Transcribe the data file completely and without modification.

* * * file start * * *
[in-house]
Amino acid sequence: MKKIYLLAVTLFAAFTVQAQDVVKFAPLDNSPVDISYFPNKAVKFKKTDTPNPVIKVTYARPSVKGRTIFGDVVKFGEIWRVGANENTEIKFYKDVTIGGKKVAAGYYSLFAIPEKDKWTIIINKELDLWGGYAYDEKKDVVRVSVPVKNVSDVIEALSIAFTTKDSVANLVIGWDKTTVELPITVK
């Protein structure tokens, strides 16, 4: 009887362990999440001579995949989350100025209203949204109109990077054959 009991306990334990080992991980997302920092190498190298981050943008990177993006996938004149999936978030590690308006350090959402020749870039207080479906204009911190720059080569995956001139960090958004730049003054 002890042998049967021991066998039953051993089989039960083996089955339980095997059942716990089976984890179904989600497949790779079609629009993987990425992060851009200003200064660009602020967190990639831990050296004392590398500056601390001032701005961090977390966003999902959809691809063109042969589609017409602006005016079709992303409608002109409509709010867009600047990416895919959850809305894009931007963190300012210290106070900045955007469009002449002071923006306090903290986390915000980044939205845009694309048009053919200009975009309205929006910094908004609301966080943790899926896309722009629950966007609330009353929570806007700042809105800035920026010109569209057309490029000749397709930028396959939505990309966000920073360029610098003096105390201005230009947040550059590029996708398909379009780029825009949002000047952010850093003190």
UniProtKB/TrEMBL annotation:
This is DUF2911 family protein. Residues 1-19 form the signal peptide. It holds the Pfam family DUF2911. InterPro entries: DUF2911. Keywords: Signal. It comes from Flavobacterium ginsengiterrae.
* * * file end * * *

[in-house]
Amino acid sequence: MKKIYLLAVTLFAAFTVQAQDVVKFAPLDNSPVDISYFPNKAVKFKKTDTPNPVIKVTYARPSVKGRTIFGDVVKFGEIWRVGANENTEIKFYKDVTIGGKKVAAGYYSLFAIPEKDKWTIIINKELDLWGGYAYDEKKDVVRVSVPVKNVSDVIEALSIAFTTKDSVANLVIGWDKTTVELPITVK
């Protein structure tokens, strides 16, 4: 009887362990999440001579995949989350100025209203949204109109990077054959 009991306990334990080992991980997302920092190498190298981050943008990177993006996938004149999936978030590690308006350090959402020749870039207080479906204009911190720059080569995956001139960090958004730049003054 002890042998049967021991066998039953051993089989039960083996089955339980095997059942716990089976984890179904989600497949790779079609629009993987990425992060851009200003200064660009602020967190990639831990050296004392590398500056601390001032701005961090977390966003999902959809691809063109042969589609017409602006005016079709992303409608002109409509709010867009600047990416895919959850809305894009931007963190300012210290106070900045955007469009002449002071923006306090903290986390915000980044939205845009694309048009053919200009975009309205929006910094908004609301966080943790899926896309722009629950966007609330009353929570806007700042809105800035920026010109569209057309490029000749397709930028396959939505990309966000920073360029610098003096105390201005230009947040550059590029996708398909379009780029825009949002000047952010850093003190």
UniProtKB/TrEMBL annotation:
This is DUF2911 family protein. Residues 1-19 form the signal peptide. It holds the Pfam family DUF2911. InterPro entries: DUF2911. Keywords: Signal. It comes from Flavobacterium ginsengiterrae.